In the last two weeks alone , the level of achievement and prestige achieved by S&Co.’s programming has been vividly displayed. S&Co.’s Education Program’s groundbreaking Shakespeare in the Courts program has been profiled by Voice of America , Canada’s CBC Radio , Boston area NPR affiliate WBUR , public radio flagship station WGBH , and the Boston Globe. Artistic Director Tony Simotes was profiled in the Boston Globe , Founding Artistic Director Tina Packer ’s upcoming American premiere of Women of Will was selected to lead the Globe’s summer theatre preview , and the Simotes-directed Richard III was the featured production in The New York Times’ summer theatre preview.
Over 600 new donors made gifts to the Company during the past year. With the help of these new donors and its long time supporters , S&Co. is on the brink of receiving a prestigious Kresge Foundation challenge grant , thus completing its $10 million Capital Campaign. In addition , the Company recently received a $12 , 000 Edgerton Foundation grant to support its upcoming world premiere of American playwright Joan Ackermann’s The Taster.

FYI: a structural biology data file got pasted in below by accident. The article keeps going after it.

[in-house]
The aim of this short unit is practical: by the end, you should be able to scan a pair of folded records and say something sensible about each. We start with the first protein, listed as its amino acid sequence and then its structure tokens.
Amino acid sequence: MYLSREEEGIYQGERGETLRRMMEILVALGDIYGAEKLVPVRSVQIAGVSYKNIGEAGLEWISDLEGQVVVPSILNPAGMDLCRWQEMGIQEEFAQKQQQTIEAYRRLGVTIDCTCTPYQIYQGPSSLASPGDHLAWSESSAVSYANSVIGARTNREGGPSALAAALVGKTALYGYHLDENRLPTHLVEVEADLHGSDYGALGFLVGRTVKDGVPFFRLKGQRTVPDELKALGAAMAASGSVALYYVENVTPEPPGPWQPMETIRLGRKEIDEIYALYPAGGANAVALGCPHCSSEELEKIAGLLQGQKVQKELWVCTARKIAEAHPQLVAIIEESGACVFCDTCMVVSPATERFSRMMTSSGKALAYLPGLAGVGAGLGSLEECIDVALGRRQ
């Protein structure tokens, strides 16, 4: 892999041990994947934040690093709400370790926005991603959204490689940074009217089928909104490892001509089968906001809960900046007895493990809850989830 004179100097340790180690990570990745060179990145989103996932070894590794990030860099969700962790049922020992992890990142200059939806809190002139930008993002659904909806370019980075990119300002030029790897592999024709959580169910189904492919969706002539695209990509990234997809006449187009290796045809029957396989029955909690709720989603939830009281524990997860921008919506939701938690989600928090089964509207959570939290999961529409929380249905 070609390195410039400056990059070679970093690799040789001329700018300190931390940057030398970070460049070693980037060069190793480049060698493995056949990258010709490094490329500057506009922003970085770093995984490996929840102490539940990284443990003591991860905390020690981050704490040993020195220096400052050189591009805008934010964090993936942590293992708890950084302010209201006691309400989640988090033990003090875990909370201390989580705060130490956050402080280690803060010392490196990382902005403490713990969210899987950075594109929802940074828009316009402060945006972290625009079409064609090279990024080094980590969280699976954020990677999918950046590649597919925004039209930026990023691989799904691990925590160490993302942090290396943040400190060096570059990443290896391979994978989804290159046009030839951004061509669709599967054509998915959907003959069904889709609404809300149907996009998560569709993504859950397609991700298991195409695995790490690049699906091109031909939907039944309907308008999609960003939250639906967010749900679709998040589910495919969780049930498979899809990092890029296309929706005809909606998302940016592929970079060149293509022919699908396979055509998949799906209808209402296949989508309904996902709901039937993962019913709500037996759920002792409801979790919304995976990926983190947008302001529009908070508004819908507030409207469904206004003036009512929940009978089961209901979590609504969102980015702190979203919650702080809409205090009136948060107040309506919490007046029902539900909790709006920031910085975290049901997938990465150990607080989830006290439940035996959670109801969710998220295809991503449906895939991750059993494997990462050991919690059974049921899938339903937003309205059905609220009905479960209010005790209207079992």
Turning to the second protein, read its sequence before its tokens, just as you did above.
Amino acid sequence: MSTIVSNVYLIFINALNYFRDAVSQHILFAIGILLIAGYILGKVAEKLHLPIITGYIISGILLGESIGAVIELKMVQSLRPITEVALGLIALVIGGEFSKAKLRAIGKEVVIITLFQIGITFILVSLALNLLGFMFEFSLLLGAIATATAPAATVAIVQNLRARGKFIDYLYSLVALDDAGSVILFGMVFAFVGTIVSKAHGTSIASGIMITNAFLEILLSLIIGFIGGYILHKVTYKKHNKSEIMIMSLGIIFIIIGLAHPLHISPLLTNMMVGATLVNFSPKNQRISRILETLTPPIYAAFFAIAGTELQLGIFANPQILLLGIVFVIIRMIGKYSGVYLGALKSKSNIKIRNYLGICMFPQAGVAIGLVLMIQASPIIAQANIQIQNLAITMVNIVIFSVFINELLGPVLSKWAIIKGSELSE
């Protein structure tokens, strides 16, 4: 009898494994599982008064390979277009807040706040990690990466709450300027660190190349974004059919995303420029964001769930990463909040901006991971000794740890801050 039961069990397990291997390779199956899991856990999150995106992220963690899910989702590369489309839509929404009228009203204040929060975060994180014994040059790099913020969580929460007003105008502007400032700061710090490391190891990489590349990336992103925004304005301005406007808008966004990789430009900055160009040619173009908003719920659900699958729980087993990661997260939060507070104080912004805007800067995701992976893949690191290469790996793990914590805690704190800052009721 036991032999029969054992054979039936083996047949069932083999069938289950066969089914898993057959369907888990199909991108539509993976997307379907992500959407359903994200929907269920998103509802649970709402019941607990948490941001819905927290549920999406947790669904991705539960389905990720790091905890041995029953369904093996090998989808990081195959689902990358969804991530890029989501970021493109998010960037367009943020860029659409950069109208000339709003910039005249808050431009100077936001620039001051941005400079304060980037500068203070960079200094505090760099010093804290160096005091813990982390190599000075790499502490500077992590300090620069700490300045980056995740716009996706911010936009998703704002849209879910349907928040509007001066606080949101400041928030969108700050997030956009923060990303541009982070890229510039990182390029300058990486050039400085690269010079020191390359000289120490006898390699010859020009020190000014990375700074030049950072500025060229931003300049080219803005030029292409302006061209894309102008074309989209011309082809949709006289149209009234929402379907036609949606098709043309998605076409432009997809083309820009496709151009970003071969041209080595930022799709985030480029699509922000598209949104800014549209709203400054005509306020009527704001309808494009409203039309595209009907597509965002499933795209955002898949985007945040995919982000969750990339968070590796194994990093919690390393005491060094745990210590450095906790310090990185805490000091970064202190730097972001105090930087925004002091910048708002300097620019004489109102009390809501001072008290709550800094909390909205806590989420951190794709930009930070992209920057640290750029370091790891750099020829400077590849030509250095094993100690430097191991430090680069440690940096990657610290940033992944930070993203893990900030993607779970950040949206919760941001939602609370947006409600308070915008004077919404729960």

“We want to thank the United States Department of Agriculture and Century Bank , for working together to find the best way for everybody to move forward into a more secure financial position. This debt restructuring , which reduces our Company’s annual debt service from approximately $550 , 000 to about $300 , 000 , is a key piece , but just one piece , in our ongoing efforts to see our way through a period of intense financial stresses , ” said Board of Trustees Chairman Richard A. Mescon. “From here , we must continue with tight expense controls while meeting our revenue expectations. But with the solid support of our Board of Trustees and our Board of Overseers , as well as the generosity of our donors , the leadership of our management team and the dedicated efforts of our tireless staff , it’s something we’re already doing.”